By the end of 2016, nearly four million people may be infected with the Zika virus, according to the World Health Organization.
In fact, the National Center for Atmospheric Research (NCAR) has found that factors like weather, travel and poverty could increase outbreaks this summer. Specialized computer simulations indicate that summer weather conditions could increase the outbreak throughout the East Coast and southern U.S. The agency’s analysis found that winter weather conditions are too cold for the mosquito to survive outside southern Florida and southern Texas.
“This research can help us anticipate the timing and location of possible Zika virus outbreaks in certain U.S. cities,” said NCAR scientist Andrew Monaghan, the lead author of the study.
The study authors said long-range weather forecasts for this summer indicate a 40-45 percent chance of warmer-than-average temperatures over most of the continental United States.
Monaghan said this could lead to increased suitability for the mosquito that carries the virus in much of the South and East, although above-normal temperatures in the hottest regions of Texas, Arizona and California are less favorable for the species.
Researchers said that northern U.S. cities could become vulnerable if a related species of mosquito that is more tolerant to cold temperatures begins to carry the virus.
The virus, which is transmitted to humans by mosquitos, first gained media attention earlier this year when affected Latin America countries, including Brazil, Argentina, Guatemala, Venezuela and Ecuador reported an uptick in Zika, a disease first discovered in Uganda in 1947.
Symptoms of the virus are typically mild, resembling the flu, except that pregnant women can suffer more serious consequences. Microcephaly, a birth defect that may cause an infant’s head to stop growing after birth, is associated with the virus.
Besides affecting health, there are other consequences of this latest disease outbreak.
“Zika virus isn’t going anywhere,” said Frank Esper, MD, infectious disease specialist at University Hospitals Rainbow Babies & Children’s Hospital. “If it’s anything near what happened with SARS or with Ebola, people are going to be very hesitant to travel to those areas.”
Florida Governor Rick Scott declared a state of emergency in four counties where health officials detected the virus.
“This can have a substantial economic impact if this virus gets established in Florida, that people may not be going there,” Dr. Esper said, noting that Canada lost billions of tourism dollars when SARS (Severe Acute Respiratory Syndrome) traveled from China to Toronto while countries like Brazil, which is preparing to host the 2016 Summer Olympics, stand to lose even more.
In addition to tourism, many Latin American countries lack medical infrastructure and resources for early intervention, if they experience an influx of children with developmental disabilities caused by the microcephaly linked to Zika. “You can have a lifetime of disabilities just because you were not able to intervene during that time,” says Dr. Esper.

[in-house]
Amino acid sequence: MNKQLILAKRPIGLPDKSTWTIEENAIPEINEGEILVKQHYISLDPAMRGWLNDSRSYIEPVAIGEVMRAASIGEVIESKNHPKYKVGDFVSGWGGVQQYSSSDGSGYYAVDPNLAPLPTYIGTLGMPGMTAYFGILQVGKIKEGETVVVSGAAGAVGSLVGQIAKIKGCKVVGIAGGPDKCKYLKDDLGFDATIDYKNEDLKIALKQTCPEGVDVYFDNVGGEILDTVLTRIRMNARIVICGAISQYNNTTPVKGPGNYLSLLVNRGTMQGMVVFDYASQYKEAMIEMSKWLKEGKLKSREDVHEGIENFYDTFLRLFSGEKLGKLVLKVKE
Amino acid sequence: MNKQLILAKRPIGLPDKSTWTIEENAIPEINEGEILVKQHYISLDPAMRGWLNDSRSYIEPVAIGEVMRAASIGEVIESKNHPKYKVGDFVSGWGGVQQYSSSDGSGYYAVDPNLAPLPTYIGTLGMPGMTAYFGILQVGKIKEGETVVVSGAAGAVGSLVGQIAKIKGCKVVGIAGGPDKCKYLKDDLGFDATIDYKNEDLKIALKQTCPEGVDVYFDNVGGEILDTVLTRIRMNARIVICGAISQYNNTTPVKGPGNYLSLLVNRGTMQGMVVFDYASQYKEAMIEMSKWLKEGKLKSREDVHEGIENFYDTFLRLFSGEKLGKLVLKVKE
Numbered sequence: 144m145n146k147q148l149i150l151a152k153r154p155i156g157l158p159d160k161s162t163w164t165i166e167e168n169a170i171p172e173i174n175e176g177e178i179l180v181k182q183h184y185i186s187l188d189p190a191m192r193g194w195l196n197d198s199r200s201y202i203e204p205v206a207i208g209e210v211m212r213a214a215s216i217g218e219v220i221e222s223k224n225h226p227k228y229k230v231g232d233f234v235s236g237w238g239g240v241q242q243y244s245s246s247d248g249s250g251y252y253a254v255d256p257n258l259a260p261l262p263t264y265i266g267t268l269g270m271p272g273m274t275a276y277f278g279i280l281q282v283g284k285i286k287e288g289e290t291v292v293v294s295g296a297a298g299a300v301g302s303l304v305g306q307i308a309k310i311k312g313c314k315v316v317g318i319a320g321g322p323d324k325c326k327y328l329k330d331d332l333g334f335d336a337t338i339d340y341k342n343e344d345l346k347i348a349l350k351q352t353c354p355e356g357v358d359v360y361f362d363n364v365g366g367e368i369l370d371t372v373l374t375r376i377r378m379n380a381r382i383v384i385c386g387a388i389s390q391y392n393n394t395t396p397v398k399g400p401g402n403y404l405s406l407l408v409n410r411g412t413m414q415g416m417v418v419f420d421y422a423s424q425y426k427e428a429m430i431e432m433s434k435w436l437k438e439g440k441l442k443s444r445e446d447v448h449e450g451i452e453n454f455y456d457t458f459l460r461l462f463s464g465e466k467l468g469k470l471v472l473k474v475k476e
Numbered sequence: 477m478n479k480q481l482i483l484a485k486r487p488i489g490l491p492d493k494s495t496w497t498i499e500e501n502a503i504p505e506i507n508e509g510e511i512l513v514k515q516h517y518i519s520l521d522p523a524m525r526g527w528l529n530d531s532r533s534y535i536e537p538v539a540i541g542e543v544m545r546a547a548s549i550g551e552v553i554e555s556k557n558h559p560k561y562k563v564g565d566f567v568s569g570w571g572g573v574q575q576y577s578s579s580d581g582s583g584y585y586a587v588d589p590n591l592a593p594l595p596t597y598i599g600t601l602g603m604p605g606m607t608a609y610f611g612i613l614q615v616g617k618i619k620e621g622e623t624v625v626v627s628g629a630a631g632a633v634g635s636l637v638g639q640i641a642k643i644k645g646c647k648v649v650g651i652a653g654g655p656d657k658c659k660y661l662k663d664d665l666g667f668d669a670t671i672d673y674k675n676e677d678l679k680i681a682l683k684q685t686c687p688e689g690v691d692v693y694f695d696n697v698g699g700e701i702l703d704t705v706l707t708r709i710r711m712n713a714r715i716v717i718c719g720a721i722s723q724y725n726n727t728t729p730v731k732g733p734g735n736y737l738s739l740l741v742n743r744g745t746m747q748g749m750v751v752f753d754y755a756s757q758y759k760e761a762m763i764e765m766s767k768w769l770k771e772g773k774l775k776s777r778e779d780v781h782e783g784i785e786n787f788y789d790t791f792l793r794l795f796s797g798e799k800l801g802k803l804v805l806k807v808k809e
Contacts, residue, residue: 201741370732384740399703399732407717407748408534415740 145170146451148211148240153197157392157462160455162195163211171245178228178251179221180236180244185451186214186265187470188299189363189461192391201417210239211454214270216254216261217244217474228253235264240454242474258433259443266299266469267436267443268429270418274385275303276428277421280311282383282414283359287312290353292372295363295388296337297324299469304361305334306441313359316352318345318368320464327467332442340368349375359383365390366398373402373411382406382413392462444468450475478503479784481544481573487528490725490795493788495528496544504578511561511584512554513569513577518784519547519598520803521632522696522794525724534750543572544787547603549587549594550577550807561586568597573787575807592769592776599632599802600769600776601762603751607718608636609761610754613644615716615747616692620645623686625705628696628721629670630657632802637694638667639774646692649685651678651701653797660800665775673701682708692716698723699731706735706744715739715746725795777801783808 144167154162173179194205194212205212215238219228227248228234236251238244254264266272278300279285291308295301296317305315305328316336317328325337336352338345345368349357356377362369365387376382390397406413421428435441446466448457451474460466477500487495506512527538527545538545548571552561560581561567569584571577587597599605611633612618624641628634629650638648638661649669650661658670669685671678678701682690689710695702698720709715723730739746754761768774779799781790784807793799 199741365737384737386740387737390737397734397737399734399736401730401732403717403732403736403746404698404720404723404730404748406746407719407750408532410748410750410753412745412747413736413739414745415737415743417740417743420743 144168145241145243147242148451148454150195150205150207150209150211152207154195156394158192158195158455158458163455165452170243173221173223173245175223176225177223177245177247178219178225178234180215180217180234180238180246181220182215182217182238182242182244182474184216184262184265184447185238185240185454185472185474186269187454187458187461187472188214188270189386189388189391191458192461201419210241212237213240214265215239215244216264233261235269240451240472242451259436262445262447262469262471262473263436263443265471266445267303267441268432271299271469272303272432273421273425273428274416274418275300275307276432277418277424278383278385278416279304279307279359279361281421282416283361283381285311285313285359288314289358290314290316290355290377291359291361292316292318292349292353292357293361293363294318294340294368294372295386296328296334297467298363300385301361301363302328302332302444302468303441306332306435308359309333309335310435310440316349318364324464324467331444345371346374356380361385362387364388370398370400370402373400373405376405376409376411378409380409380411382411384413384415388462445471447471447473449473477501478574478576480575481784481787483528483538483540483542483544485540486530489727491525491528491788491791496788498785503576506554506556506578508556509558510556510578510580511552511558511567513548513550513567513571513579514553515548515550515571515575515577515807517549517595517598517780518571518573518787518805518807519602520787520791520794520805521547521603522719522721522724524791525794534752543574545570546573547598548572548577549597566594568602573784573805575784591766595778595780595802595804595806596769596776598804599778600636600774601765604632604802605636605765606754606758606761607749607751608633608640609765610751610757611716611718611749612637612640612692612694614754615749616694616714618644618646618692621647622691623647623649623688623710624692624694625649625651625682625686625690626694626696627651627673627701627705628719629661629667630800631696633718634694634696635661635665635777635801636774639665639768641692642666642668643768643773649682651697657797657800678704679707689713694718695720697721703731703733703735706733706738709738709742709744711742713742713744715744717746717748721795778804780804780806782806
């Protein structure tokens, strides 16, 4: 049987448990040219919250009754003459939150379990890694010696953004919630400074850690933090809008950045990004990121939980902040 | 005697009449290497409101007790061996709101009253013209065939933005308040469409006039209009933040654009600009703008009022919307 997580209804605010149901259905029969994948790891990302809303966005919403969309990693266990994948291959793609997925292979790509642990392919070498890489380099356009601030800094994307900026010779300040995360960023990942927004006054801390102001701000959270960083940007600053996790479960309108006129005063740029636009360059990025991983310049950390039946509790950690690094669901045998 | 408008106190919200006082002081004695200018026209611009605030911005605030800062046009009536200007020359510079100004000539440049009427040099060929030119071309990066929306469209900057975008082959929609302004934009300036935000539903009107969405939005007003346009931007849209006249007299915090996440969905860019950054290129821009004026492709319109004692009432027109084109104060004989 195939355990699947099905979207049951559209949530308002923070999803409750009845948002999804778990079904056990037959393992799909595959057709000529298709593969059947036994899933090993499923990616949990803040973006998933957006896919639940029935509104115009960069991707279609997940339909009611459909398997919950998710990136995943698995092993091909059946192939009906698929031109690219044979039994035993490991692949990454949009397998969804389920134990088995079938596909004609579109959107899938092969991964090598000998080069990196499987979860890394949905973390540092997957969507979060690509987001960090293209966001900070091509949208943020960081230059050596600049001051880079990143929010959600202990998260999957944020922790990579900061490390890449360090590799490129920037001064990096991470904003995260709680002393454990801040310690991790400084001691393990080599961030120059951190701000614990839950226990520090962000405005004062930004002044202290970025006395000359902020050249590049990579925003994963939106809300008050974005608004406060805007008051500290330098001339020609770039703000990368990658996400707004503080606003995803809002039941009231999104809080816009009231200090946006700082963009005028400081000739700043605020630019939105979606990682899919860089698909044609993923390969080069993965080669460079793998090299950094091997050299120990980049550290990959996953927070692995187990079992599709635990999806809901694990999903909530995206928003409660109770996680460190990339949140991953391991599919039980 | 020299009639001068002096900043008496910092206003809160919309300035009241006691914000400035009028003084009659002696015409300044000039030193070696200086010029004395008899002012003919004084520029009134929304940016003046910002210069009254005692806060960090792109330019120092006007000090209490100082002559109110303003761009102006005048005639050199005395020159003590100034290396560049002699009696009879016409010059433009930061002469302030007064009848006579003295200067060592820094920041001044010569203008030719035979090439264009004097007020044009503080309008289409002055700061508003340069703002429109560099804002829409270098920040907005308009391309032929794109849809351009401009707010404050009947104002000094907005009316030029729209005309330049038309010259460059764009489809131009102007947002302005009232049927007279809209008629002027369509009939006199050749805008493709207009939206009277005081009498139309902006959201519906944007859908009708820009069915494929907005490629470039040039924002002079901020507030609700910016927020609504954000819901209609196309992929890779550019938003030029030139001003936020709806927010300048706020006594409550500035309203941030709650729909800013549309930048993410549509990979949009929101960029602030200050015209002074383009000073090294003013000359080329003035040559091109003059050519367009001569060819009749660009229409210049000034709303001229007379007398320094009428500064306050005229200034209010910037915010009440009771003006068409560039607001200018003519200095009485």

According to Irfan Akhtar, a pandemic modeling expert at Aon, the main impact of the virus will be on tourism and on business disruption. There are technology and food and beverage companies in South America that are likely to be impacted by Zika. Because there are mild symptoms associated with the virus, it can spread rather easily without being recognized, he said.
University of Missouri researchers say a combination of different strategies is needed to fully tackle the the Zika virus.
“Tackling mosquito-borne viruses requires focus on both humans and insects,” said Alexander Franz, Ph.D., assistant professor in the Department of Veterinary Pathobiology at the MU College of Veterinary Medicine. “While my team is focused on the mosquitoes, other researchers are focused on creating vaccines and therapies for the people infected. Both approaches are needed to successfully stop the spread of the virus.”
Franz’s research is focused on genetically manipulating mosquitoes so they no longer support transmission of mosquito-borne viruses to humans. “Finding a way to make mosquitoes resistant to the Zika virus could effectively interrupt the viral transmission cycle,” Franz said.
Previously, Franz’s research team successfully genetically manipulated mosquitoes to be resistant to the Dengue virus, another mosquito-borne virus affecting people in the tropics.
Franz said his success generating stable resistance to the Dengue virus in mosquitoes could help him tackle the Zika virus.
Daniel Jackson, M.D., a maternal and fetal medicine specialist at MU Health Care and assistant professor in the Department of Obstetrics, Gynecology and Women’s Health at the MU School of Medicine, is concerned with the potential connection of the Zika virus to microcephaly, a permanent birth defect that can cause lifelong developmental problems in infants.
“There is a lot we still don’t know right now about the relation of Zika and microcephaly,” Jackson said. “However, there have been several cases of microcephaly identified in babies also infected with the Zika virus. I advise pregnant women, or women considering pregnancy, to avoid traveling to countries affected by the virus until more research is done.”
Jackson said it is important for expecting mothers to know that having the Zika virus does not guarantee their children will have microcephaly.
Overall, both Jackson and Franz believe it will require an integrated approach to answer all the unknown questions about the Zika virus.
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